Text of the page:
Falmouth Historical Commission is considering allowing alternative building materials within historic districts.
“We have identified a few new materials we’re considering,” commission chairman Edward J. Haddad said.
He specifically cited Boral and Lifespan products as items the commission might consider allowing, as well as high density urethane signs. An example of an HDU sign is the one hanging in front of Cupcake Charlie’s on Main Street.
“For non-historical houses where flexibility can come in, we need to look at alternatives,” Mr. Haddad said.
Commission member Christopher B. Warner said one area where applicants deviate from traditional materials is with their decks. People often request Trex or Azek decking products, as composite and PVC products are low maintenance compared to traditional wooden decks.
“A characteristic of wood is it degrades with ultraviolet and moisture. Our environment is a maritime environment, so it’s very challenging to have wood products that are durable,” Mr. Warner said. “That’s why this Lifespan is encouraging, but a lot of people want to go with the Azek, and that’s just PVC, but a lot of people are pleased with its durability in our environment.”
Mr. Haddad said there is some flexibility with the decking itself, but not the trim or railing, which are likely to be visible from the street. This idea was tested during the meeting’s first public hearing, involving a request to renovate a deck at 8 Eric Clauson Lane, replacing it with Trex decking.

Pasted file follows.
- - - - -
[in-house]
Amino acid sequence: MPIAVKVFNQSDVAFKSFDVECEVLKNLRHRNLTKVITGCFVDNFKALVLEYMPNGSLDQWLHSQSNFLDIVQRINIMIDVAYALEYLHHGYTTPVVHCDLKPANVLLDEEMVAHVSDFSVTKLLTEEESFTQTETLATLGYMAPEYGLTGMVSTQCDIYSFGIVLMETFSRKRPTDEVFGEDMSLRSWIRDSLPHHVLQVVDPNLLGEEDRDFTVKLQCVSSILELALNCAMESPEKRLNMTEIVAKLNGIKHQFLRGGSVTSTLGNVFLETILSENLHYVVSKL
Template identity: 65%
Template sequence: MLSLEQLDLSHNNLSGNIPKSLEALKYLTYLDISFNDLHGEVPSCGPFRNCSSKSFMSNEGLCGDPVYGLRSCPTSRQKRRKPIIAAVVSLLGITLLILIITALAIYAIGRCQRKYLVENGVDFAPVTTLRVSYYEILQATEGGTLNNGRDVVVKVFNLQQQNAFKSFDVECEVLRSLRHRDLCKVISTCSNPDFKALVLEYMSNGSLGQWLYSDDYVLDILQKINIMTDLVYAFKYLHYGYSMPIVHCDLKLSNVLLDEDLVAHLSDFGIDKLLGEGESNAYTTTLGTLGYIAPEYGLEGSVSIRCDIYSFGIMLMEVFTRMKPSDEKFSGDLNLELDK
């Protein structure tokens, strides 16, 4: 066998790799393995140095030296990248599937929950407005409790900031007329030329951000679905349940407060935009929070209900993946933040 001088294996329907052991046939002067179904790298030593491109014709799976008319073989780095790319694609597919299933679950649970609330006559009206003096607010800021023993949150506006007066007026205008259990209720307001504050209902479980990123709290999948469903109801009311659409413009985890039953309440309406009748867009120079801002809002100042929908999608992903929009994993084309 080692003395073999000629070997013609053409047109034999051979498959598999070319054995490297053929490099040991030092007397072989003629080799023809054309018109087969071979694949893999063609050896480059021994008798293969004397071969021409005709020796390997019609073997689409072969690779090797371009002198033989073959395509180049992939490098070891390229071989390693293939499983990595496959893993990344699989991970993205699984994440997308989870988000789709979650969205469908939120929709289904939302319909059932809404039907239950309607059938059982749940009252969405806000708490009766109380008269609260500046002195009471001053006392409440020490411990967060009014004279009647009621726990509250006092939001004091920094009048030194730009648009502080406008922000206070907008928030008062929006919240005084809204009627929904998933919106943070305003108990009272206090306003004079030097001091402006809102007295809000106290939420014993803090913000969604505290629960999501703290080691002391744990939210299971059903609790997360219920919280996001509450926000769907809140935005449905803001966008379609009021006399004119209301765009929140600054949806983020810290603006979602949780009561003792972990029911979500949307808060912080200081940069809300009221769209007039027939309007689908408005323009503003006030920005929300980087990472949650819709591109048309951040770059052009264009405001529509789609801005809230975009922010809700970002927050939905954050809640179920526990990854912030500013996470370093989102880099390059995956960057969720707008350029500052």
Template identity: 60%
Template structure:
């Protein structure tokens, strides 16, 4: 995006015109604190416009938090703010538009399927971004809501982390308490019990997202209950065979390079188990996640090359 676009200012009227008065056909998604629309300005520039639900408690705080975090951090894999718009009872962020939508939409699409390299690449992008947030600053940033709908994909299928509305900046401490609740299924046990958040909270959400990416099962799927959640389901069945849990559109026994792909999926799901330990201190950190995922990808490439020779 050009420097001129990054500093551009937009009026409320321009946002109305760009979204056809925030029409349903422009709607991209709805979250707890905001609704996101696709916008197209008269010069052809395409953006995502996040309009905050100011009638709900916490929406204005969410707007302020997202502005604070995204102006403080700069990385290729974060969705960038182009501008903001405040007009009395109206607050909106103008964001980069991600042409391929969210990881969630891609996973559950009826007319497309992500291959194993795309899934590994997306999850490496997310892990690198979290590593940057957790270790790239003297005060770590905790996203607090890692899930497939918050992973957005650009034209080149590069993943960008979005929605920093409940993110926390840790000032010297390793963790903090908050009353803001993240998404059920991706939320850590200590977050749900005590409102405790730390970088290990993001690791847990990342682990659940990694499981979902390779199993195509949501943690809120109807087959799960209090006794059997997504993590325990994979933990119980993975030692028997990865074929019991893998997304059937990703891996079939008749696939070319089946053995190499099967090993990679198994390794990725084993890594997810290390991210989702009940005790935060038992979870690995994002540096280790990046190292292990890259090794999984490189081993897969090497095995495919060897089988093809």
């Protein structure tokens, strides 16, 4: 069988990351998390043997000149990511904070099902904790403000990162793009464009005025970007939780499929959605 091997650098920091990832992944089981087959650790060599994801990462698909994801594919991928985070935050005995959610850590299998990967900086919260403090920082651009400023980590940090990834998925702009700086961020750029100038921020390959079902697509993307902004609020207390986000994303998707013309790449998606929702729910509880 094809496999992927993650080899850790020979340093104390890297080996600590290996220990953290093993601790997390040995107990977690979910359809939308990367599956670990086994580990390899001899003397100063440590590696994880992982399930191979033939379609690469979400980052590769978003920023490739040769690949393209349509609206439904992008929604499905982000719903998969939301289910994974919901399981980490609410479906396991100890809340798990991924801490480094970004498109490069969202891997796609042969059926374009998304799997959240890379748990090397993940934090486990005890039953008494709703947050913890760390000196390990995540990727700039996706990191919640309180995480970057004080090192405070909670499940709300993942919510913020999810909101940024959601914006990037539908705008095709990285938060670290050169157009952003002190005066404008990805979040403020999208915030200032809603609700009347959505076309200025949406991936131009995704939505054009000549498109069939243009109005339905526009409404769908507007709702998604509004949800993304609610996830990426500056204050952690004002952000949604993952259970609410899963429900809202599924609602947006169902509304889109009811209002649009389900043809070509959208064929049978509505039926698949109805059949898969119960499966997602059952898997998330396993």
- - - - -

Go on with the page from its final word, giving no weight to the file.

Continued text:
“The deck is quite old and peeling. They’d like to update it,” said Jean Bowden of Capizzi Home Improvement. “It’ll look a lot better than what is there and a lot safer, too.”
Ms. Bowden confirmed the deck would use a composite wood material, but was unsure of the materials beyond that. The commission seemed willing to allow composite material for the deck itself, but did not want to approve the project without knowing what material would be used for the trim or railing system. They spoke out strongly against the railing, specifically saying they would not allow a PVC railing to be installed.
“It looks like they need to have a more articulated plan that sets out what each element is, taking into consideration that PVC won’t be approved,” vice chairman Nicole Goldman said.
Mr. Haddad added that both the design and proposed colors, brown and white, were appropriate. The commission’s issue was purely the question regarding materials.
“We have approved composites. It’s not something to abandon. We need to know what the composites are,” Mr. Warner said.
The commission voted to continue the hearing until its January 2 meeting.
“They may just say the heck with it and go with wood,” Ms. Bowden said.